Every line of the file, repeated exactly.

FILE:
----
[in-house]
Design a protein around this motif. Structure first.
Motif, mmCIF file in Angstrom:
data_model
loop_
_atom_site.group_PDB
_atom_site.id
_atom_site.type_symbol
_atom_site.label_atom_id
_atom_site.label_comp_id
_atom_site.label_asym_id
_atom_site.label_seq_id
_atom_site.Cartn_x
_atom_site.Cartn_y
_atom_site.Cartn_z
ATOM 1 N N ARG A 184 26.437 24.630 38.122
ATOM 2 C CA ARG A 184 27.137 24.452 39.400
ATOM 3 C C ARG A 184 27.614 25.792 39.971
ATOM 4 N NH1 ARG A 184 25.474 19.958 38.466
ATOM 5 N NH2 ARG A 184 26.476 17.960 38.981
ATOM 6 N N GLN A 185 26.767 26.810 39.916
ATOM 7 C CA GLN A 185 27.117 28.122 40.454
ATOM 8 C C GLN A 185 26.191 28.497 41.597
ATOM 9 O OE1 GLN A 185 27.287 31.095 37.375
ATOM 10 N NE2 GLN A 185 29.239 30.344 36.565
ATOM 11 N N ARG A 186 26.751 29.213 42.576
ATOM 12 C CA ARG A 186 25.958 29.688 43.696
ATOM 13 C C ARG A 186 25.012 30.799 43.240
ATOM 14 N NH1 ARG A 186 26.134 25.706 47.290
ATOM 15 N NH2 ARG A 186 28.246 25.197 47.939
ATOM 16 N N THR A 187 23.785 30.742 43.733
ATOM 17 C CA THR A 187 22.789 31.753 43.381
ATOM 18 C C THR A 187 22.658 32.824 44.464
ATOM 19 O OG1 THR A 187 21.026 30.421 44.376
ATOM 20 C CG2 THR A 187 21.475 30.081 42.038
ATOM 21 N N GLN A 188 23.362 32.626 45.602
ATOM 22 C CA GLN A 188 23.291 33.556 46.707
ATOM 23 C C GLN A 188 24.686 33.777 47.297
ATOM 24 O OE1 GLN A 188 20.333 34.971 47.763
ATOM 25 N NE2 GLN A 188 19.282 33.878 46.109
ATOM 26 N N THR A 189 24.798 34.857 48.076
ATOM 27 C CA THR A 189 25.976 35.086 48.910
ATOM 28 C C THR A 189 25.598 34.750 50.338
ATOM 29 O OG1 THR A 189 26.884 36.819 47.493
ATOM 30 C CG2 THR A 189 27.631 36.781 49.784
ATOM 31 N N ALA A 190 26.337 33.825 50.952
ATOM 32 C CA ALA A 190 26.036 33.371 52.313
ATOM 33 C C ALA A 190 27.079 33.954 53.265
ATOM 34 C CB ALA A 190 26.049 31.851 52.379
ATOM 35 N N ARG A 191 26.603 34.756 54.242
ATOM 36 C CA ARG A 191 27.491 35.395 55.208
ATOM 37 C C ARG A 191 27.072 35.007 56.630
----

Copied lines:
[in-house]
Design a protein around this motif. Structure first.
Motif, mmCIF file in Angstrom:
data_model
loop_
_atom_site.group_PDB
_atom_site.id
_atom_site.type_symbol
_atom_site.label_atom_id
_atom_site.label_comp_id
_atom_site.label_asym_id
_atom_site.label_seq_id
_atom_site.Cartn_x
_atom_site.Cartn_y
_atom_site.Cartn_z
ATOM 1 N N ARG A 184 26.437 24.630 38.122
ATOM 2 C CA ARG A 184 27.137 24.452 39.400
ATOM 3 C C ARG A 184 27.614 25.792 39.971
ATOM 4 N NH1 ARG A 184 25.474 19.958 38.466
ATOM 5 N NH2 ARG A 184 26.476 17.960 38.981
ATOM 6 N N GLN A 185 26.767 26.810 39.916
ATOM 7 C CA GLN A 185 27.117 28.122 40.454
ATOM 8 C C GLN A 185 26.191 28.497 41.597
ATOM 9 O OE1 GLN A 185 27.287 31.095 37.375
ATOM 10 N NE2 GLN A 185 29.239 30.344 36.565
ATOM 11 N N ARG A 186 26.751 29.213 42.576
ATOM 12 C CA ARG A 186 25.958 29.688 43.696
ATOM 13 C C ARG A 186 25.012 30.799 43.240
ATOM 14 N NH1 ARG A 186 26.134 25.706 47.290
ATOM 15 N NH2 ARG A 186 28.246 25.197 47.939
ATOM 16 N N THR A 187 23.785 30.742 43.733
ATOM 17 C CA THR A 187 22.789 31.753 43.381
ATOM 18 C C THR A 187 22.658 32.824 44.464
ATOM 19 O OG1 THR A 187 21.026 30.421 44.376
ATOM 20 C CG2 THR A 187 21.475 30.081 42.038
ATOM 21 N N GLN A 188 23.362 32.626 45.602
ATOM 22 C CA GLN A 188 23.291 33.556 46.707
ATOM 23 C C GLN A 188 24.686 33.777 47.297
ATOM 24 O OE1 GLN A 188 20.333 34.971 47.763
ATOM 25 N NE2 GLN A 188 19.282 33.878 46.109
ATOM 26 N N THR A 189 24.798 34.857 48.076
ATOM 27 C CA THR A 189 25.976 35.086 48.910
ATOM 28 C C THR A 189 25.598 34.750 50.338
ATOM 29 O OG1 THR A 189 26.884 36.819 47.493
ATOM 30 C CG2 THR A 189 27.631 36.781 49.784
ATOM 31 N N ALA A 190 26.337 33.825 50.952
ATOM 32 C CA ALA A 190 26.036 33.371 52.313
ATOM 33 C C ALA A 190 27.079 33.954 53.265
ATOM 34 C CB ALA A 190 26.049 31.851 52.379
ATOM 35 N N ARG A 191 26.603 34.756 54.242
ATOM 36 C CA ARG A 191 27.491 35.395 55.208
ATOM 37 C C ARG A 191 27.072 35.007 56.630